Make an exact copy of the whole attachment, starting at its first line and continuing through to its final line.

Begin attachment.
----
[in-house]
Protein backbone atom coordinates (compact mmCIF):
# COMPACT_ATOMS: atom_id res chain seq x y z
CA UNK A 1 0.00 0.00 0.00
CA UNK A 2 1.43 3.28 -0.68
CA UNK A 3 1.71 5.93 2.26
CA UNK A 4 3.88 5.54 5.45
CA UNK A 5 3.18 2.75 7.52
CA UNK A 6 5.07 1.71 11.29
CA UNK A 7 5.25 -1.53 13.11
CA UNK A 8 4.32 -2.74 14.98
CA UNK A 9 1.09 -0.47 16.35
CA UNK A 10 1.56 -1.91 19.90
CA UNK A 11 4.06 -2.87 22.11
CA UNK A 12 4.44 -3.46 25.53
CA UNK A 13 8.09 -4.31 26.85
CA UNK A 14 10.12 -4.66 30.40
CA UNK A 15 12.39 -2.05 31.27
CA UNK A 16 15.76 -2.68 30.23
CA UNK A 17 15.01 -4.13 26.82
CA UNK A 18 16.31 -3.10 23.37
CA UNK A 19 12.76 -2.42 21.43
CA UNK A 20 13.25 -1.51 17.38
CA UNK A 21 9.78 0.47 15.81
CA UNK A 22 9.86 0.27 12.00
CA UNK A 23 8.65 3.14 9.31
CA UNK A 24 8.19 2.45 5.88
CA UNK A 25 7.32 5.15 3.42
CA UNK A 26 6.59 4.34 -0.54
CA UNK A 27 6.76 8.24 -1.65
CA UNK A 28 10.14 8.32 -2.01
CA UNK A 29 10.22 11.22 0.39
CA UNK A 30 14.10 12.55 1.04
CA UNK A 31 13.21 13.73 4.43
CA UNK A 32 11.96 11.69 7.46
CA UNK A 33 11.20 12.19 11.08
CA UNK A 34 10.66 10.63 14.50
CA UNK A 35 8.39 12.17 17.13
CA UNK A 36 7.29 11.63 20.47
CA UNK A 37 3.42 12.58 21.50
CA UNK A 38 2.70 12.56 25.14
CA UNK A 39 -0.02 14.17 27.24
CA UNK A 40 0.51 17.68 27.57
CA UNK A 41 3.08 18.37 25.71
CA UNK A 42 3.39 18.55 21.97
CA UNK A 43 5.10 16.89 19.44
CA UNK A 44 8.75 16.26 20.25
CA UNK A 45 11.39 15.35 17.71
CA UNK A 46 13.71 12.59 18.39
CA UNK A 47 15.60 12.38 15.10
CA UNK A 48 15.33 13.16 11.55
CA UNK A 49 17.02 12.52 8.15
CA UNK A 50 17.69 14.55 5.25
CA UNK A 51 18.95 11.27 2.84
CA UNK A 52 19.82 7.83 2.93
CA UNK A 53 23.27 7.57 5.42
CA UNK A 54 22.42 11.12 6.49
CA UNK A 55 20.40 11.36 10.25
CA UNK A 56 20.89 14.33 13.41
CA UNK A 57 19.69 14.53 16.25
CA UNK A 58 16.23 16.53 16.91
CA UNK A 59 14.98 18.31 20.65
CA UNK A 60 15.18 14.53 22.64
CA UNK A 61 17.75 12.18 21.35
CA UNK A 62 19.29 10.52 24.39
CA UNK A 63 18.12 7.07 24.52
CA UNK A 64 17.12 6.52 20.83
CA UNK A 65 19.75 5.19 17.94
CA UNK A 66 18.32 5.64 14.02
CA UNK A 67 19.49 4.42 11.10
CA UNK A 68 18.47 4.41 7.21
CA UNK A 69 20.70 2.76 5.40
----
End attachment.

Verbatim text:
[in-house]
Protein backbone atom coordinates (compact mmCIF):
# COMPACT_ATOMS: atom_id res chain seq x y z
CA UNK A 1 0.00 0.00 0.00
CA UNK A 2 1.43 3.28 -0.68
CA UNK A 3 1.71 5.93 2.26
CA UNK A 4 3.88 5.54 5.45
CA UNK A 5 3.18 2.75 7.52
CA UNK A 6 5.07 1.71 11.29
CA UNK A 7 5.25 -1.53 13.11
CA UNK A 8 4.32 -2.74 14.98
CA UNK A 9 1.09 -0.47 16.35
CA UNK A 10 1.56 -1.91 19.90
CA UNK A 11 4.06 -2.87 22.11
CA UNK A 12 4.44 -3.46 25.53
CA UNK A 13 8.09 -4.31 26.85
CA UNK A 14 10.12 -4.66 30.40
CA UNK A 15 12.39 -2.05 31.27
CA UNK A 16 15.76 -2.68 30.23
CA UNK A 17 15.01 -4.13 26.82
CA UNK A 18 16.31 -3.10 23.37
CA UNK A 19 12.76 -2.42 21.43
CA UNK A 20 13.25 -1.51 17.38
CA UNK A 21 9.78 0.47 15.81
CA UNK A 22 9.86 0.27 12.00
CA UNK A 23 8.65 3.14 9.31
CA UNK A 24 8.19 2.45 5.88
CA UNK A 25 7.32 5.15 3.42
CA UNK A 26 6.59 4.34 -0.54
CA UNK A 27 6.76 8.24 -1.65
CA UNK A 28 10.14 8.32 -2.01
CA UNK A 29 10.22 11.22 0.39
CA UNK A 30 14.10 12.55 1.04
CA UNK A 31 13.21 13.73 4.43
CA UNK A 32 11.96 11.69 7.46
CA UNK A 33 11.20 12.19 11.08
CA UNK A 34 10.66 10.63 14.50
CA UNK A 35 8.39 12.17 17.13
CA UNK A 36 7.29 11.63 20.47
CA UNK A 37 3.42 12.58 21.50
CA UNK A 38 2.70 12.56 25.14
CA UNK A 39 -0.02 14.17 27.24
CA UNK A 40 0.51 17.68 27.57
CA UNK A 41 3.08 18.37 25.71
CA UNK A 42 3.39 18.55 21.97
CA UNK A 43 5.10 16.89 19.44
CA UNK A 44 8.75 16.26 20.25
CA UNK A 45 11.39 15.35 17.71
CA UNK A 46 13.71 12.59 18.39
CA UNK A 47 15.60 12.38 15.10
CA UNK A 48 15.33 13.16 11.55
CA UNK A 49 17.02 12.52 8.15
CA UNK A 50 17.69 14.55 5.25
CA UNK A 51 18.95 11.27 2.84
CA UNK A 52 19.82 7.83 2.93
CA UNK A 53 23.27 7.57 5.42
CA UNK A 54 22.42 11.12 6.49
CA UNK A 55 20.40 11.36 10.25
CA UNK A 56 20.89 14.33 13.41
CA UNK A 57 19.69 14.53 16.25
CA UNK A 58 16.23 16.53 16.91
CA UNK A 59 14.98 18.31 20.65
CA UNK A 60 15.18 14.53 22.64
CA UNK A 61 17.75 12.18 21.35
CA UNK A 62 19.29 10.52 24.39
CA UNK A 63 18.12 7.07 24.52
CA UNK A 64 17.12 6.52 20.83
CA UNK A 65 19.75 5.19 17.94
CA UNK A 66 18.32 5.64 14.02
CA UNK A 67 19.49 4.42 11.10
CA UNK A 68 18.47 4.41 7.21
CA UNK A 69 20.70 2.76 5.40